The lights went out around the world for an hour on 23 March. Iconic landmarks such as the Eiffel Tower, the Empire State Building and the Kremlin were plunged into darkness in a symbolic gesture of people’s concern about the contribution our use of fossil fuels makes to global climate change. In South Africa, too, there was huge support and,
over the hour that lights went out, a massive 629MW of electricity was saved. This is more than enough power to light the whole Overstrand and beyond.
In Hermanus the lights went out right on cue. Whale Coast Conservation (WCC), in conjunction with the Overstrand Municipality, presented a celebration of International Earth Hour with a programme of education, dance, song and drama. The theme this year was “switch off” (the annual reminder to conserve electricity), combined with advice to “switch over” from conventional incandescent light bulbs to light emitting diode (LED) lights which use only 10% of the electricity required by incandescent bulbs.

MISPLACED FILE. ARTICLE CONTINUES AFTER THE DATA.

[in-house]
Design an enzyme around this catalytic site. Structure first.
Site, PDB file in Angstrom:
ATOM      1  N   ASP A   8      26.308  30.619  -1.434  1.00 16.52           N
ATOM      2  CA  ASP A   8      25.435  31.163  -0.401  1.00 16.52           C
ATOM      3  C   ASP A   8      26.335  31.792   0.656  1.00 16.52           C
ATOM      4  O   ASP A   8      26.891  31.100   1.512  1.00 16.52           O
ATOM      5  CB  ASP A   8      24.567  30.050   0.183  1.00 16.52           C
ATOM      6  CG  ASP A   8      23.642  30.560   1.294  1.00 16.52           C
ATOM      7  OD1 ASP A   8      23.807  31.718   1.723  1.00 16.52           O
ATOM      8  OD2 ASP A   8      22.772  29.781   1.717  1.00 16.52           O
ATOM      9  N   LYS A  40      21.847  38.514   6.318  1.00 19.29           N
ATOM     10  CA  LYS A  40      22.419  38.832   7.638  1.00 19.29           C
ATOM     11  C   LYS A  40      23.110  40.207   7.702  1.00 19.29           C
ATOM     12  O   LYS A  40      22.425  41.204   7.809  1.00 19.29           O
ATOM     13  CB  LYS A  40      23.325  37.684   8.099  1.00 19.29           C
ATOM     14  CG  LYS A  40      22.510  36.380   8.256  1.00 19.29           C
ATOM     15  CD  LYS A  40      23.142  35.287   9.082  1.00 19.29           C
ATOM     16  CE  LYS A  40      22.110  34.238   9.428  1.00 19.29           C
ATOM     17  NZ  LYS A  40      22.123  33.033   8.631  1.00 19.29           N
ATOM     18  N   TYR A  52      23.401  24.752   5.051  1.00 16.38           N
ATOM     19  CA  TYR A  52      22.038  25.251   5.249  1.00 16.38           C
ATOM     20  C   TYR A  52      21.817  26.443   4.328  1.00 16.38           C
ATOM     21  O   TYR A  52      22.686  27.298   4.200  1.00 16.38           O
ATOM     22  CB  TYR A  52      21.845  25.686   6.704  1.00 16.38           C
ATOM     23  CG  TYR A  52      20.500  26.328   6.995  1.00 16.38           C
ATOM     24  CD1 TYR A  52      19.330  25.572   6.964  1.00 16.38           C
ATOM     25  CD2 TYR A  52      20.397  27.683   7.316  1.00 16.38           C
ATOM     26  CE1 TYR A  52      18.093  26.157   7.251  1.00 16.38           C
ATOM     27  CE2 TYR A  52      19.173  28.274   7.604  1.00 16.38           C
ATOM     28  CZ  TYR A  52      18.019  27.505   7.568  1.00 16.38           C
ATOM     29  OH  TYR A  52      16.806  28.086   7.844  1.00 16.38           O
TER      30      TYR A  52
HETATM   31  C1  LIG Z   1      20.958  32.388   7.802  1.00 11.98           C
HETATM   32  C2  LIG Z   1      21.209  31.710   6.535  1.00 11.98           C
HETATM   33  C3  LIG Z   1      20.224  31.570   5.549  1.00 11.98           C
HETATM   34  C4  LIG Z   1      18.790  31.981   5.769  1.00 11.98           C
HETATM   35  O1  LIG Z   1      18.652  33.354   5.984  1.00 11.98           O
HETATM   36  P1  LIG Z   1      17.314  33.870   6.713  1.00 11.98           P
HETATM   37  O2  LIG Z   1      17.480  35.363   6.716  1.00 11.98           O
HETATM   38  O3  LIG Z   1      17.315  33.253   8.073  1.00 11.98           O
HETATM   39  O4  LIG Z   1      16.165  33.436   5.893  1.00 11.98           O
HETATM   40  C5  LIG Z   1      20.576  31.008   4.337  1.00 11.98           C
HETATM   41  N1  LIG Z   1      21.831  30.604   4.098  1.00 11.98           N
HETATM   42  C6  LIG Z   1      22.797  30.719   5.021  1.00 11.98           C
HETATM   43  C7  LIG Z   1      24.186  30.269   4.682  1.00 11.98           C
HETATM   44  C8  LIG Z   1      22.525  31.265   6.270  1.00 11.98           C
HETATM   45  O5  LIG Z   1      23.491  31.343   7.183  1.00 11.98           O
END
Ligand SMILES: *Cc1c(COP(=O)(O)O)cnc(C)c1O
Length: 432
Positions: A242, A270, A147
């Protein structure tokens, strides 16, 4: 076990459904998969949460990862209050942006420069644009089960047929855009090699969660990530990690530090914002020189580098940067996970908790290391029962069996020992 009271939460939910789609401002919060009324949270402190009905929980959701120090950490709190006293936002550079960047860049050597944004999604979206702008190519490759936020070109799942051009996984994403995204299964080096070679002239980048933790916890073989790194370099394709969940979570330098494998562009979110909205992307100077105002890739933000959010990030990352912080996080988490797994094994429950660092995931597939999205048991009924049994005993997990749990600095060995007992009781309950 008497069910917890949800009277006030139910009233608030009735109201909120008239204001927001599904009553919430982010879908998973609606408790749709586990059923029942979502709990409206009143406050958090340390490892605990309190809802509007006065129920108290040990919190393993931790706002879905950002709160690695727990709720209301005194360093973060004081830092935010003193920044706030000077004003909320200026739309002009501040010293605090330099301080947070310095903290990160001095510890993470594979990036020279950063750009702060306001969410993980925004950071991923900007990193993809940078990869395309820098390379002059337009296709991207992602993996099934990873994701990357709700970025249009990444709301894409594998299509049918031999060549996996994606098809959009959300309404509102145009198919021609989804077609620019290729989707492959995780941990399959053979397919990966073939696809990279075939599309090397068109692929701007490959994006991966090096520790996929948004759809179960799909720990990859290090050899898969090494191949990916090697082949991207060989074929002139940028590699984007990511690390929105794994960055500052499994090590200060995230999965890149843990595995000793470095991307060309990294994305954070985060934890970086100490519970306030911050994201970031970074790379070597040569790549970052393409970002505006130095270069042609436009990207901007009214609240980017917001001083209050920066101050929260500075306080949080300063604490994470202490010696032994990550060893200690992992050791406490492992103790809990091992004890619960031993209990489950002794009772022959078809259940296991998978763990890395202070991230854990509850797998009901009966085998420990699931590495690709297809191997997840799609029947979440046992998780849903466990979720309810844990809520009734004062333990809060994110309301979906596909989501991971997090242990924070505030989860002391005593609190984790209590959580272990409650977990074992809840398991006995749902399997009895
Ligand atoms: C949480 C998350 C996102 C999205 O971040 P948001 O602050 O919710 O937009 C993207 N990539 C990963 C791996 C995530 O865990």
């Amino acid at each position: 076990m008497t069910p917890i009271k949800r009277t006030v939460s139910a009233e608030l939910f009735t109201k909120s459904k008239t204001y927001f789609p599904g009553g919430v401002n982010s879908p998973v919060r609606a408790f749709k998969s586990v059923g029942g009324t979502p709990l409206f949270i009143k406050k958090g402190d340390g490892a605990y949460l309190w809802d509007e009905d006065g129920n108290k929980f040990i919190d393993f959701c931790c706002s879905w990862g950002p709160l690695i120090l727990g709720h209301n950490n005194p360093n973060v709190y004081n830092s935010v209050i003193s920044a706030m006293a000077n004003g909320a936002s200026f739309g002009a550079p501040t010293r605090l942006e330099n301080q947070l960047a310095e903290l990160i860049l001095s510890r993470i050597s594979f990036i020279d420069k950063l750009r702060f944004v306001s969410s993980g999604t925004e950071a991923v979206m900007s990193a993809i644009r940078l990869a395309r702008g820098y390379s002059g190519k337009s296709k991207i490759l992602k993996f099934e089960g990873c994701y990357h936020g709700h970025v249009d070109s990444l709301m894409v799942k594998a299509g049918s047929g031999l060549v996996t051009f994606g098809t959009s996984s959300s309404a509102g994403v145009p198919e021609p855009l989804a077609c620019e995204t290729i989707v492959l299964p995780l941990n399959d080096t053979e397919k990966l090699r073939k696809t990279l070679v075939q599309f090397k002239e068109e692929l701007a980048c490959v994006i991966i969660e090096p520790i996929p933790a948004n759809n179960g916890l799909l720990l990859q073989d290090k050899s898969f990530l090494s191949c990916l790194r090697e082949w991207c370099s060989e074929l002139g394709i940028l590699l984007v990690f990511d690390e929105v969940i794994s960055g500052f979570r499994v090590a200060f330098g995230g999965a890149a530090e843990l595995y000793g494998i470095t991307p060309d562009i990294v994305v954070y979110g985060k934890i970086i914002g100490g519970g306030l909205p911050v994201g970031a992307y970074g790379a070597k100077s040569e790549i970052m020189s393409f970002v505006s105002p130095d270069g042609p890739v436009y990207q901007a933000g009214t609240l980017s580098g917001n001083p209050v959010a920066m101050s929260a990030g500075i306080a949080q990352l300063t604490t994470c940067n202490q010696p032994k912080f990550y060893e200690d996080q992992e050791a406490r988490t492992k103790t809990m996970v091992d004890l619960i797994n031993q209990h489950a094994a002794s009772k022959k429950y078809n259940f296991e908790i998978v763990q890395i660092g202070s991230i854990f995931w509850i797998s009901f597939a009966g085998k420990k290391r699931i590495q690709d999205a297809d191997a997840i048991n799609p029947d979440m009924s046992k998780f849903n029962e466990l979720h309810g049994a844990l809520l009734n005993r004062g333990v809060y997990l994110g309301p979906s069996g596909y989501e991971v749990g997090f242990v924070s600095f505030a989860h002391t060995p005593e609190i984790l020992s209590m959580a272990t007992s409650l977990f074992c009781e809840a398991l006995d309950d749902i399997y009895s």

Hundreds of residents, visitors and tourists gathered at the Whale House near the Old Harbour in Hermanus, which, together with a large model of a whale, was illuminated by LED floodlights drawing current from solar-powered batteries.
The Executive Mayor of the Overstrand, Nicolette Botha-Guthrie, spoke of the need for local authorities to scrutinise all their operations to see how savings in the use of electricity can be achieved, especially by the use of new technologies. Dr Anina Lee, Communications Manager of WCC, stressed that each individual has it in her or his power to make choices in their consumption of the earth’s resources that will contribute to the sustainability of the environment.
Entertainment was provided by local artists, mainly young people. Their messages of a sustainable earth were eloquent and touching.